At the one-hour mark, we are wishing for something to happen, and at the one-hour-and-30-minute mark, we just want it to end. Jungle Juice could very easily be called Bungle Juice or Botched Brew as it lumbers along on screams, curse words, and…not much else. This is moviemaking as an amplified experience, with everything turned up to Spinal Tap's "11," without any of that film's wit, wisdom, satire, or irony. While it's a professional and high-profile movie to look at (this is no low-budget romp), we are still treated to a scattershot story that never settles in to allow us entry. It may have sides splitting in Seoul and be breaking box-office records in Bangkok, but for some reason, Jungle Juice just doesn't translate to a Western ideal—and the funny thing is, it more or less steals, openly and honestly, from the British and American indie scene from the last two decades. Call it Lock, Stock, and Two Smoking Dimwits or Dolt Fiction, but this is one homage that is hasty and malformed.
ADV's treatment of the movie matches its overall replay value. There are no major bonus features that support the film, just a series of trailers and an English dub track (which is pretty good, actually). The original Korean is also offered (with somewhat temperamental subtitles) in a clean, crisp Dolby Digital Stereo 2.0 offering. If you don't mind the Western take on the voices, then the 5.1 track makes better use of the channels (especially in the action sequences and fights). The image is anamorphic, and translates into about a 1.66:1/1.76:1 aspect ratio. The colors are vibrant, the details intense, and there's nary a digital defect—pixelization, solarization—to be found. Overall, this is a technically arresting presentation. Too bad the movie it supports is such a downer.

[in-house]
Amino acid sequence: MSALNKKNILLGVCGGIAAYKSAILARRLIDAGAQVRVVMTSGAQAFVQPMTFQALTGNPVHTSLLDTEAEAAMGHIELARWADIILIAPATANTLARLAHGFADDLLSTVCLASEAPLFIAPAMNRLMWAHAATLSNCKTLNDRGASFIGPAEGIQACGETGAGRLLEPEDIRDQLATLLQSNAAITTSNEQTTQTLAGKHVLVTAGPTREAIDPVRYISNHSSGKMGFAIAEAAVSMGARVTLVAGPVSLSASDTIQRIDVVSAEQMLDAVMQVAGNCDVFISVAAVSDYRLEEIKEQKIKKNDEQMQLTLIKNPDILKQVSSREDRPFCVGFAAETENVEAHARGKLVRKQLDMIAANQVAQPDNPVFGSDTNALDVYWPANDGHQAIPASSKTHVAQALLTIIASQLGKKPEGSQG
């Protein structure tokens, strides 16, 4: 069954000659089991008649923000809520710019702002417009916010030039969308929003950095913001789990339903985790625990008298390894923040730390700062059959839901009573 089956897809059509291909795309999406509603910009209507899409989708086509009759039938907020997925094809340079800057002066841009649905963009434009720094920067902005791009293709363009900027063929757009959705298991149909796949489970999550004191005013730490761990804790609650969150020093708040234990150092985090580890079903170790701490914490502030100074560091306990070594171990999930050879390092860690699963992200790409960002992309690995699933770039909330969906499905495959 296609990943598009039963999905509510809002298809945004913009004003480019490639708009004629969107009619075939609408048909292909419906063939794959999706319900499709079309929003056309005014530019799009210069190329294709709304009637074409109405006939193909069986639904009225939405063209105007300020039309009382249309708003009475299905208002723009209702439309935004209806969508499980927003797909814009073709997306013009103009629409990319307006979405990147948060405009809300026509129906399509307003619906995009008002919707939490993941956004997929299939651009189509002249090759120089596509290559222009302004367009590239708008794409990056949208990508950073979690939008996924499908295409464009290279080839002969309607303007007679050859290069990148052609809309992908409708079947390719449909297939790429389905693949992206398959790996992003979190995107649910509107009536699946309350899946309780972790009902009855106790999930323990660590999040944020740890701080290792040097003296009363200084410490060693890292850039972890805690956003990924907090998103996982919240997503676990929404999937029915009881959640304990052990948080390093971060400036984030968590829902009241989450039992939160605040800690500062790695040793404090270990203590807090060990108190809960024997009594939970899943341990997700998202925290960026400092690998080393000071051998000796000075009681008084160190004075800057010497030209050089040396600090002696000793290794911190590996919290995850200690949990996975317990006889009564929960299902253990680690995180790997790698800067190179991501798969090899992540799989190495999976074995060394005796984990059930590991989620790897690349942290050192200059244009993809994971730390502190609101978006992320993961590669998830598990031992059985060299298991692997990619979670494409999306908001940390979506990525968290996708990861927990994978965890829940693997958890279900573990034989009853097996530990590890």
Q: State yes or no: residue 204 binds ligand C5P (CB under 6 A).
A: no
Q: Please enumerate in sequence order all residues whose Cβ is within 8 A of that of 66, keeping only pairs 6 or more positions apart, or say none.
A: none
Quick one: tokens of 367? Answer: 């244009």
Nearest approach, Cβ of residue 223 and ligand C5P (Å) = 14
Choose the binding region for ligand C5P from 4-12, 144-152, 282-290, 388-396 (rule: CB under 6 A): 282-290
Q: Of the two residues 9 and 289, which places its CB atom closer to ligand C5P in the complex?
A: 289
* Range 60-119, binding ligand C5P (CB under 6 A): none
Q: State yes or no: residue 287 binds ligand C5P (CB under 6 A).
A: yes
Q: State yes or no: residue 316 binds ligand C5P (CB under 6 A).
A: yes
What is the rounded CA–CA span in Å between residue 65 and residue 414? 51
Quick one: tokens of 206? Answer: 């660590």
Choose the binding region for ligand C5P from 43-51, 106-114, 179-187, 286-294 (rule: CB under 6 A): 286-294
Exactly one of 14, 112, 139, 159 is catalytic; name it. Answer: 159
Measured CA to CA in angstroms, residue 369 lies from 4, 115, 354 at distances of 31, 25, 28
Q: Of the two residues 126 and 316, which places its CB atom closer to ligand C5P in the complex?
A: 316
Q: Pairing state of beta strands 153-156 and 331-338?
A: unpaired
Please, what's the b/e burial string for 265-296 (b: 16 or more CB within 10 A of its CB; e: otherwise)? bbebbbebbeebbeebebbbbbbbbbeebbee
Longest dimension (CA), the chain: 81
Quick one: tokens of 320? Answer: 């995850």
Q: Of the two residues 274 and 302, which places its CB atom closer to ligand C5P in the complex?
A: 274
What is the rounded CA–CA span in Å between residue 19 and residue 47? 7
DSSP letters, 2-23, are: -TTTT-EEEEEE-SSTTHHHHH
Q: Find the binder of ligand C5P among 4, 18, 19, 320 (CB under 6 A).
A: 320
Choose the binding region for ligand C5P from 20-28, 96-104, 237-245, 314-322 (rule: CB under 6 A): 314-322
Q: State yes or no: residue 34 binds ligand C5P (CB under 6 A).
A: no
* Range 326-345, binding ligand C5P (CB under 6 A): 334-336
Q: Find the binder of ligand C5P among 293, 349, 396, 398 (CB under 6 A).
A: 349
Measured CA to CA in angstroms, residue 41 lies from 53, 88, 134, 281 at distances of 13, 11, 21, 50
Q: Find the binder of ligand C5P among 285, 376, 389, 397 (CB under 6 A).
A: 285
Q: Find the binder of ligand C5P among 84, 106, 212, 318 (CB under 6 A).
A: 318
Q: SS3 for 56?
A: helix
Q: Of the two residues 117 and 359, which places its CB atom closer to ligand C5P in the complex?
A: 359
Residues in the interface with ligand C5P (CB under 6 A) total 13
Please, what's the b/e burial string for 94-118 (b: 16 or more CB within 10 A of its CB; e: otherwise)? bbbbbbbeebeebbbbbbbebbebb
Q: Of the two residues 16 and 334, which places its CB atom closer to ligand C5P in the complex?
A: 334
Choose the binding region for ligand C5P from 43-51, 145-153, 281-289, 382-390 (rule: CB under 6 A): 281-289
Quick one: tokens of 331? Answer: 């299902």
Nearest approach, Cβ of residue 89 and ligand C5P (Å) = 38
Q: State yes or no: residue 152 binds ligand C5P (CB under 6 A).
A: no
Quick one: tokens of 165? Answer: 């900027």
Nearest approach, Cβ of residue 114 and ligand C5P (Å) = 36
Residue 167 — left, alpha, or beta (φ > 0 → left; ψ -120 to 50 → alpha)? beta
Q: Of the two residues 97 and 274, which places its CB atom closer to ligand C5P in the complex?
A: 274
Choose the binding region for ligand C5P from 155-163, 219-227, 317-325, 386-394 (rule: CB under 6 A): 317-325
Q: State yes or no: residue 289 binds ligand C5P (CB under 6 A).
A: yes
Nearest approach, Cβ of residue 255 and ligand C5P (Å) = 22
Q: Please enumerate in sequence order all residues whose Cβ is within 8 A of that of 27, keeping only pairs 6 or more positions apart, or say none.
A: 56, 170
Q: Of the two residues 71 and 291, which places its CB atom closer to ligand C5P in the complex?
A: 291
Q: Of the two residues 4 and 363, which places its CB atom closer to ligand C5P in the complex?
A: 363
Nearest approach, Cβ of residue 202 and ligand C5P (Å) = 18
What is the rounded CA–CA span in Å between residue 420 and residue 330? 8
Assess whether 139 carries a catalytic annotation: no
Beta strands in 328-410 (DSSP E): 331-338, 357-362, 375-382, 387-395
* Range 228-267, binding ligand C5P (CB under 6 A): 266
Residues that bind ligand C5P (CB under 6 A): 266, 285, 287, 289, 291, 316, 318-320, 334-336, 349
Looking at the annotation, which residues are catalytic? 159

Some will still argue that the Korean concept of comedy is different than that across the Pacific, and that you have to lend Jungle Juice some leeway in order to see what Min-ho and his cast were up to. Or, you could just accept that this is an irritating, incoherent clutter that never intended to be anything other than a big sprawling experiment in excess. Whatever the case may be, this film is definitely lacking in fun. Unless you're some manner of Asian film completist, there is no reason to sample this stale, stinking fluid.
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Scales of Justice
Studio: ADV Films